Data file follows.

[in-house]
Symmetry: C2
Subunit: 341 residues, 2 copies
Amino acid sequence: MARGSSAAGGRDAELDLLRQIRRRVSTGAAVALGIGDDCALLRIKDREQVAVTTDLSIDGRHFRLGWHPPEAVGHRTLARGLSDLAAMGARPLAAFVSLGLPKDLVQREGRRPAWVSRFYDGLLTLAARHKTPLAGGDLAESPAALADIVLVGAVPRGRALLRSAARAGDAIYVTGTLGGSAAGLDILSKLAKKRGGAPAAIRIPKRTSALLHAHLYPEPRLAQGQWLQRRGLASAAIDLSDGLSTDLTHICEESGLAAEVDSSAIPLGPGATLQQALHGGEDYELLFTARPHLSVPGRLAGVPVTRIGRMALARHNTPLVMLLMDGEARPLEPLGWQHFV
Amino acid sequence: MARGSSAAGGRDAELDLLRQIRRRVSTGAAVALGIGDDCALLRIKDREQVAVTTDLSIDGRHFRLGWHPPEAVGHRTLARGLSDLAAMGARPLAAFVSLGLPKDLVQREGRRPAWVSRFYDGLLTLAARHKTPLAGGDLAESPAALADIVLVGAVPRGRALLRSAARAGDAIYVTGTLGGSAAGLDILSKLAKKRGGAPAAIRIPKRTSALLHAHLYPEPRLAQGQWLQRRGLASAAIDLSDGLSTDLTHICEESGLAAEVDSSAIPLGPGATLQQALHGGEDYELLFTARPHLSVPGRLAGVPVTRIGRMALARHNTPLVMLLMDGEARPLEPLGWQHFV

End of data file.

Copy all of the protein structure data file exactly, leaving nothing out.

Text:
[in-house]
Symmetry: C2
Subunit: 341 residues, 2 copies
Amino acid sequence: MARGSSAAGGRDAELDLLRQIRRRVSTGAAVALGIGDDCALLRIKDREQVAVTTDLSIDGRHFRLGWHPPEAVGHRTLARGLSDLAAMGARPLAAFVSLGLPKDLVQREGRRPAWVSRFYDGLLTLAARHKTPLAGGDLAESPAALADIVLVGAVPRGRALLRSAARAGDAIYVTGTLGGSAAGLDILSKLAKKRGGAPAAIRIPKRTSALLHAHLYPEPRLAQGQWLQRRGLASAAIDLSDGLSTDLTHICEESGLAAEVDSSAIPLGPGATLQQALHGGEDYELLFTARPHLSVPGRLAGVPVTRIGRMALARHNTPLVMLLMDGEARPLEPLGWQHFV
Amino acid sequence: MARGSSAAGGRDAELDLLRQIRRRVSTGAAVALGIGDDCALLRIKDREQVAVTTDLSIDGRHFRLGWHPPEAVGHRTLARGLSDLAAMGARPLAAFVSLGLPKDLVQREGRRPAWVSRFYDGLLTLAARHKTPLAGGDLAESPAALADIVLVGAVPRGRALLRSAARAGDAIYVTGTLGGSAAGLDILSKLAKKRGGAPAAIRIPKRTSALLHAHLYPEPRLAQGQWLQRRGLASAAIDLSDGLSTDLTHICEESGLAAEVDSSAIPLGPGATLQQALHGGEDYELLFTARPHLSVPGRLAGVPVTRIGRMALARHNTPLVMLLMDGEARPLEPLGWQHFV